After flying into the city of Bol in the Republic of Chad, over the lush fields and receding lakes, we landed to a rapturous welcome from traditional rulers and local women. Their faces reflected a hope and dignity slipping away under the harsh reality of poverty and insecurity. The women, smiling at us as we disembarked, showed the same resilience I have seen in women in countless contexts: an ability to survive, even in the face of multiple forms of violence and insecurity at home, in public or from political conflict.
I visited Chad this past summer as part of a three-country mission that included South Sudan and Niger, leading a delegation of senior women from the United Nations and the African Union.
In Niger and Chad, we were joined by Margot Wallström, the deputy prime minister and foreign minister of Sweden, a country that has pioneered the idea of a feminist foreign policy and given prominence to the dynamic between women’s status in society and international peace and security during the country’s two years on the Security Council.
Throughout the mission, I could not shake what we have come to know, that women, and their rights, are the first to suffer in times of crisis. And that this often compounds already high levels of inequality and violence.
I met Halima, a young girl whose life had not been her own. Against her will she was forced to marry. Then her husband, a member of Boko Haram, indoctrinated her with promises of a better afterlife. Halima strapped on a suicide belt, yet never made it to what they were told was a target, as the belts of two other girls went off as they stopped to pray. Halima lost both her legs. Her future seemed grim, yet she had a measure of hope as she spoke and is working as a paralegal in her community to empower other women.
In Niger, at a centre for fistula survivors, we met girls as young as 12 and 13. Mere children forced into marriage and then raped by their husbands, without any agency or voice over their futures, their bodies, their lives.
Over 75% of girls in Chad and Niger marry before they are 18. They drop out of school and many become pregnant soon after, and because of their young age and complications during pregnancy, these countries have some of the highest maternal mortality rates globally. Faced with dire poverty and often conflict, families believe they have no choice. They cannot feed their children, but hope maybe a husband can.
As we commemorate 16 days of activism to end violence and harmful practices against women and girls, it is important that we acknowledge the multiple forms of violence women and girls face, and the consequences they have for individuals, families, communities, and our shared agendas for development—the 2030 Agenda and the African Union’s Agenda 2063.
From early forced marriage to femicide, from trafficking to sexual harassment, from sexual violence to harmful traditional practices: violence in all its forms is a global impediment to sustainable development, peace and prosperity. It prevents women from fully engaging in society, scars successive generations, and costs countries millions in health expenses, job days lost, and long-term impacts.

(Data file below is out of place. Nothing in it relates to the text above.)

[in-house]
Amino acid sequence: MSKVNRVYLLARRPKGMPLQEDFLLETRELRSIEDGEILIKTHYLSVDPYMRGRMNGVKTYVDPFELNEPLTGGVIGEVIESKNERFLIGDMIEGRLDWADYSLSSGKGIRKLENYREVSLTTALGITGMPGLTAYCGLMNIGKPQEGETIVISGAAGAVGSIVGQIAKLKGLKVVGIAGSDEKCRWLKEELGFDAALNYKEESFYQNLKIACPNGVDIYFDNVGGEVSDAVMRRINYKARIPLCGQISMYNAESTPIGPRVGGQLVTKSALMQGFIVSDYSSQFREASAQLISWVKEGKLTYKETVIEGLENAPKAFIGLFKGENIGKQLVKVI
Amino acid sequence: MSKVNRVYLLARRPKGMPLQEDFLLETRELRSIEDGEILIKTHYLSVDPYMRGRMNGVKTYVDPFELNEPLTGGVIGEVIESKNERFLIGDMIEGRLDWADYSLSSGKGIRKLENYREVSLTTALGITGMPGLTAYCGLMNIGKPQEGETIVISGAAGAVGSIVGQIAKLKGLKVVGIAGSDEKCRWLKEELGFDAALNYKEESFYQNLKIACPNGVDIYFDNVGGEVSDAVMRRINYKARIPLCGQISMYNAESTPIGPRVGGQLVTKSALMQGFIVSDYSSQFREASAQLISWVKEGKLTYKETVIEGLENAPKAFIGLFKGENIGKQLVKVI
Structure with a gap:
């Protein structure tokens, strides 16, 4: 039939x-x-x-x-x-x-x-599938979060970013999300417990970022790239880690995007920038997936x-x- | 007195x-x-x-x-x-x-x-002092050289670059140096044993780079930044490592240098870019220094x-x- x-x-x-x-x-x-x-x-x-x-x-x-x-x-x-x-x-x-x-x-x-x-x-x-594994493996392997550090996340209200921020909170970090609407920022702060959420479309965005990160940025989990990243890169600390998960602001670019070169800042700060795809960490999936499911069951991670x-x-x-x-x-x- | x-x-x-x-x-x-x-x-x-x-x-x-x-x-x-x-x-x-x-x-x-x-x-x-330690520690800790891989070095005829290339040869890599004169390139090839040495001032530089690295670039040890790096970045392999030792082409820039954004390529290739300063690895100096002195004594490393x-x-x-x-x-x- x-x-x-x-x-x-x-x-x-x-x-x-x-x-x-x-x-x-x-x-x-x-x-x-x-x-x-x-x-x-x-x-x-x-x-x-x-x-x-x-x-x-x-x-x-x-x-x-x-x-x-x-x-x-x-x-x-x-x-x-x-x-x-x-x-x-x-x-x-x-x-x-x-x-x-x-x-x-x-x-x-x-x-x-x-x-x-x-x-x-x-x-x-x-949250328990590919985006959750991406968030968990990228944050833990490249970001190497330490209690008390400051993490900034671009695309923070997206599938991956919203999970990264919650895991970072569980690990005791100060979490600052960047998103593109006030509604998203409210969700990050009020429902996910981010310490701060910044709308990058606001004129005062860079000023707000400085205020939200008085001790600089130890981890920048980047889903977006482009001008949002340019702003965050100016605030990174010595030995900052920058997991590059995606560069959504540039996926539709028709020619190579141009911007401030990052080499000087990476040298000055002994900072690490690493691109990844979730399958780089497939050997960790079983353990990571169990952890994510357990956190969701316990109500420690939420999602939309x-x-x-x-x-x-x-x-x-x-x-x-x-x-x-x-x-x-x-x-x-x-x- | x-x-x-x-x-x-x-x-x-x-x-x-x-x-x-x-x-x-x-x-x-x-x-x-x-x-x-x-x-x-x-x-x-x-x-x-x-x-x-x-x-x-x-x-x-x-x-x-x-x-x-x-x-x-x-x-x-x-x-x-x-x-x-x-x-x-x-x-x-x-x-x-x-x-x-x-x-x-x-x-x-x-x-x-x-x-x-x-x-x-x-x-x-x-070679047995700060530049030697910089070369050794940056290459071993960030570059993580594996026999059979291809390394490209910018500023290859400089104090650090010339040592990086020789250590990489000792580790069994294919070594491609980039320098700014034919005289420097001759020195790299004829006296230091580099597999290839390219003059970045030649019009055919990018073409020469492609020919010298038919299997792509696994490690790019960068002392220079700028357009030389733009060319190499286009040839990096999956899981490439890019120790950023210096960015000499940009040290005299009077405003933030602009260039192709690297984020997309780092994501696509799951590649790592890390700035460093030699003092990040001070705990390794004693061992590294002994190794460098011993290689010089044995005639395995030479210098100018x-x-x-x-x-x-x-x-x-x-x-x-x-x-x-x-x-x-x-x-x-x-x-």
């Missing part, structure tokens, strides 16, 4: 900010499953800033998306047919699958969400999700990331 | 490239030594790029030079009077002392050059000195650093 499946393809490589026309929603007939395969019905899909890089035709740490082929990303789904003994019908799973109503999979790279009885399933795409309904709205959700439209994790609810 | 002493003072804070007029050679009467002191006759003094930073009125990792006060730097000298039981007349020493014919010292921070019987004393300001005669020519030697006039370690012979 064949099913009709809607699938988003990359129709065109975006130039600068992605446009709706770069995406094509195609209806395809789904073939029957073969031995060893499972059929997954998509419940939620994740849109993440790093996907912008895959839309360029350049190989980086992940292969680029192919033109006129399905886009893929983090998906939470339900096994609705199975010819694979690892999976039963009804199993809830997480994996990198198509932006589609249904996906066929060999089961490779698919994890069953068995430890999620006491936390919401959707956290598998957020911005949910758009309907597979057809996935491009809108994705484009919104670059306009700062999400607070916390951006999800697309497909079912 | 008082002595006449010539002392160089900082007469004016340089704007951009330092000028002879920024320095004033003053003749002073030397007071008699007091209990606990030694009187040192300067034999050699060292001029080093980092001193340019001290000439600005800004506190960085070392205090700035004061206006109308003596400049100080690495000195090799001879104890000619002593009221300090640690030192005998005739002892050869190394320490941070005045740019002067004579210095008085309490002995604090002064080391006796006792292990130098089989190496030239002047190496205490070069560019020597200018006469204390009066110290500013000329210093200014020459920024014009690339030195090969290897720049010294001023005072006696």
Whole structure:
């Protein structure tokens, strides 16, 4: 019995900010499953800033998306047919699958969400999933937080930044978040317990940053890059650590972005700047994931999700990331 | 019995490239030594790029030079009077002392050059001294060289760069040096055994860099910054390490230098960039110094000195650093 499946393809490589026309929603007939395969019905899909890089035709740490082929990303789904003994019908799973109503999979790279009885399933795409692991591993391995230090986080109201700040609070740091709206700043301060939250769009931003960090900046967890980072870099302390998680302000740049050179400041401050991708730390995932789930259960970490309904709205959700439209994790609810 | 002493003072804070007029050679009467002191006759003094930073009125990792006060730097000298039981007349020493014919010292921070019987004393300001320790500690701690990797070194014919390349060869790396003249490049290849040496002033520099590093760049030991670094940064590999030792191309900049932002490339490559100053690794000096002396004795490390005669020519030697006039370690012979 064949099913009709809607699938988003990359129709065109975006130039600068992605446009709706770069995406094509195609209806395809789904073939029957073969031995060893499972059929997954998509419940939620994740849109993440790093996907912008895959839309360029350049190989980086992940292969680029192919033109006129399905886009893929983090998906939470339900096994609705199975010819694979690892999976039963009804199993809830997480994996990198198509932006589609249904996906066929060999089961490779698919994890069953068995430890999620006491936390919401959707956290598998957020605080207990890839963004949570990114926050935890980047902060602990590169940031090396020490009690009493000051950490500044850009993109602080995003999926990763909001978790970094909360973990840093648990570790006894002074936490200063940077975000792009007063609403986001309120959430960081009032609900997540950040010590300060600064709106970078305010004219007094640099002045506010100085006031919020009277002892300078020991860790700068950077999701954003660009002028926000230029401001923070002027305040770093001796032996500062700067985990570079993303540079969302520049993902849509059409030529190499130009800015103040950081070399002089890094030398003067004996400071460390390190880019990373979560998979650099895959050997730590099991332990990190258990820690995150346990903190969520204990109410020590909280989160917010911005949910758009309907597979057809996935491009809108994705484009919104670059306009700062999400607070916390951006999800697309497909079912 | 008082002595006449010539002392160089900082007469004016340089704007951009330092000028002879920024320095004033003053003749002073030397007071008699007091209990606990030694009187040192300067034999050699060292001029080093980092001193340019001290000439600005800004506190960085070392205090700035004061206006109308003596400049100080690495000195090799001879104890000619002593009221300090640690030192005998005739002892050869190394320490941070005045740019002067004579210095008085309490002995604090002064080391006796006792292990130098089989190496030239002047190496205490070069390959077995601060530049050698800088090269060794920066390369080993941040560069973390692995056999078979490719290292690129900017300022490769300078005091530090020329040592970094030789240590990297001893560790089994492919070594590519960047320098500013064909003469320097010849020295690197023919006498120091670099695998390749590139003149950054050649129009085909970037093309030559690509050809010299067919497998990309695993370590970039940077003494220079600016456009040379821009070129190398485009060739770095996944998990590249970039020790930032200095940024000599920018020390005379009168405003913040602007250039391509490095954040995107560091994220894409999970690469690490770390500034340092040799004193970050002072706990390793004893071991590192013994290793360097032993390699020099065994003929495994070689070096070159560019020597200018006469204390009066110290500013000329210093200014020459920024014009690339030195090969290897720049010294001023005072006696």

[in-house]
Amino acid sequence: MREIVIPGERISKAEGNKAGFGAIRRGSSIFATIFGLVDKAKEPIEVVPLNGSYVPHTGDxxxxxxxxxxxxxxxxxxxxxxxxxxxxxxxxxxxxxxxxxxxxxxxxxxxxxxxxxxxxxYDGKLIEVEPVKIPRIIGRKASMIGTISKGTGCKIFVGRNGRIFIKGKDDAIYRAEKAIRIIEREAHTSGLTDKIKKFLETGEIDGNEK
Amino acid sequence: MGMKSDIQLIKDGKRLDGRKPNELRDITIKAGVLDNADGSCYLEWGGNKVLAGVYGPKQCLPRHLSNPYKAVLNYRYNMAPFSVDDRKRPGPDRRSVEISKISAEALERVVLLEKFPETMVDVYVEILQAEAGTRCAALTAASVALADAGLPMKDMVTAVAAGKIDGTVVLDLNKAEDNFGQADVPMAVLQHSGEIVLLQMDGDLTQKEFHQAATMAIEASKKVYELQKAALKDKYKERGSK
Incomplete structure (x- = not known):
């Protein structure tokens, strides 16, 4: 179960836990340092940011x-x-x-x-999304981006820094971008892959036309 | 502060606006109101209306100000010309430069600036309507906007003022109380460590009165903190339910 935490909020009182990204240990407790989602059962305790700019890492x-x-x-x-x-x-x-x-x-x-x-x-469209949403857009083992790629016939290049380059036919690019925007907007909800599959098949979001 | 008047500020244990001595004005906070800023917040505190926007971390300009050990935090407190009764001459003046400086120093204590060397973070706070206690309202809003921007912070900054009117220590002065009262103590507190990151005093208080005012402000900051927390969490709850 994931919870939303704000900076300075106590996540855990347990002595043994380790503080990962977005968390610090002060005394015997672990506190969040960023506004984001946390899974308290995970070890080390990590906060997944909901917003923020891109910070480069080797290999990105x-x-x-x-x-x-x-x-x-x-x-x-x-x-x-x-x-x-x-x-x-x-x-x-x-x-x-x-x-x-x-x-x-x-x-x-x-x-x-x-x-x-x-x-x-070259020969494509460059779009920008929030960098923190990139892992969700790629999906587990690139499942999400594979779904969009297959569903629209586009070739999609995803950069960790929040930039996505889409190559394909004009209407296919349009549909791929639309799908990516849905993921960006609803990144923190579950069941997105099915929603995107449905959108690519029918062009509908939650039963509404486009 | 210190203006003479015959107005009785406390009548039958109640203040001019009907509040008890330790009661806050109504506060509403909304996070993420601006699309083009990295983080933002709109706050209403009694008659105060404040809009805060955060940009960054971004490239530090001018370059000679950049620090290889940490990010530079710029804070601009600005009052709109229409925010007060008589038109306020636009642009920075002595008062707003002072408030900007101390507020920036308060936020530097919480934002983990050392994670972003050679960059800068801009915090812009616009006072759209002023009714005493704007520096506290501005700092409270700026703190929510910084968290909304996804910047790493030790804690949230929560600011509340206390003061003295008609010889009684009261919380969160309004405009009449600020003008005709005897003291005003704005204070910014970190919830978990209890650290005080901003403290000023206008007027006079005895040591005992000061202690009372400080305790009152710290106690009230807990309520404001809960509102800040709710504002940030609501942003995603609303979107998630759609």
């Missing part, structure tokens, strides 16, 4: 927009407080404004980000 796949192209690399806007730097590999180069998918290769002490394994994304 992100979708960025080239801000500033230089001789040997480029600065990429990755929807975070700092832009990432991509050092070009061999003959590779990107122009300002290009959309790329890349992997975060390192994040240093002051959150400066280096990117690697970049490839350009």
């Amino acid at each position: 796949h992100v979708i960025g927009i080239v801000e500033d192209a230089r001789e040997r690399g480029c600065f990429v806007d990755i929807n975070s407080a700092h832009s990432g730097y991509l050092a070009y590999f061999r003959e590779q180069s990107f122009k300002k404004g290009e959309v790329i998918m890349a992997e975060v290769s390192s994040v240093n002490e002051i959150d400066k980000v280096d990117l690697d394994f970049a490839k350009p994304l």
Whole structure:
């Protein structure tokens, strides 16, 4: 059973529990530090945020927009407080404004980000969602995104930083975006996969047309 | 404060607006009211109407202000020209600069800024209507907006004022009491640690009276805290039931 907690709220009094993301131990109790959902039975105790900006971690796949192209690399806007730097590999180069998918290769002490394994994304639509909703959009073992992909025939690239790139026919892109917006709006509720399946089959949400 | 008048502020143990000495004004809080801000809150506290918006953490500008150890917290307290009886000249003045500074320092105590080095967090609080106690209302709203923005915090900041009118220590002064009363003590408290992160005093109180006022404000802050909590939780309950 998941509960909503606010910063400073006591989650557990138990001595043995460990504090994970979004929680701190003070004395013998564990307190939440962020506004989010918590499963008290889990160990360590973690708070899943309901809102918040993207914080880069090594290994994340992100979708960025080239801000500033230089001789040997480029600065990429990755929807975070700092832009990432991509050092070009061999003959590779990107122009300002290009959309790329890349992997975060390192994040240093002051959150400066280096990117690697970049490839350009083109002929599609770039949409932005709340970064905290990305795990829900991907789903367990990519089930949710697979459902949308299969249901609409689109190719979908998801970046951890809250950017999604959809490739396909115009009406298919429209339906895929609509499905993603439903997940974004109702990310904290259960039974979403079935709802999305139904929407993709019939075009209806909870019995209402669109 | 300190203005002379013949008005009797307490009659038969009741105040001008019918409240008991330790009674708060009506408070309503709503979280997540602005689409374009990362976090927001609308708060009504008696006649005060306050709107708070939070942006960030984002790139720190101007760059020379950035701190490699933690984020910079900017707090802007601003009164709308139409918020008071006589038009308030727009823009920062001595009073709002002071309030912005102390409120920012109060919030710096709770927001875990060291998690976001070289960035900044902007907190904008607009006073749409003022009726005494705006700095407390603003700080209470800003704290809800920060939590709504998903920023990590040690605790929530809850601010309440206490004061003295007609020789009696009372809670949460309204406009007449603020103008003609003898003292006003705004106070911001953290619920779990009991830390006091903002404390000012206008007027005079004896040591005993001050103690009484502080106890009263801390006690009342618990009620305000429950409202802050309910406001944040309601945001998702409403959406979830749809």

The United Nations, together with partners, national governments and civil society, is leading efforts to end all forms of violence against women and girls by 2030. And we have existing efforts we can build on.
During our trip, we met traditional leaders, in particular men, who are taking actions in their own communities to stop early marriage. We talked to fisherwomen on Lake Chad who have taken over a traditionally male job in order to provide for their families and who are engaged in sustainable resource management, income generation and empowerment.
And across a number of countries in Africa, we are implementing a new effort with the European Union—the Spotlight Initiative to eliminate violence against women and girls. The approximately $300 million investment in Africa will target all forms of gender-based violence, with a particular focus on child marriages, female genital mutilation and the sexual and reproductive health needs of women and girls.
I finished my travels with a great sense of urgency and hope.
The visit reinforced my conviction that we need to implement our global agenda on sustainable development—the 2030 Agenda—with urgency, and gender equality is at the very heart of this.
I am inspired and hopeful because of women like Halima, like the survivors of marriages they never chose, like the girls who were forced into sex and pregnancy long before their bodies were ready. They survived. They are telling their story, and they are determined to have a better future, not only for themselves, but also for their sisters.
In the words of the late Kofi Annan, “Gender equality is more than a goal in itself. It is a precondition for meeting the challenge of reducing poverty, promoting sustainable development and building good governance.”
Amina Mohammed is the Deputy Secretary-General of the United Nations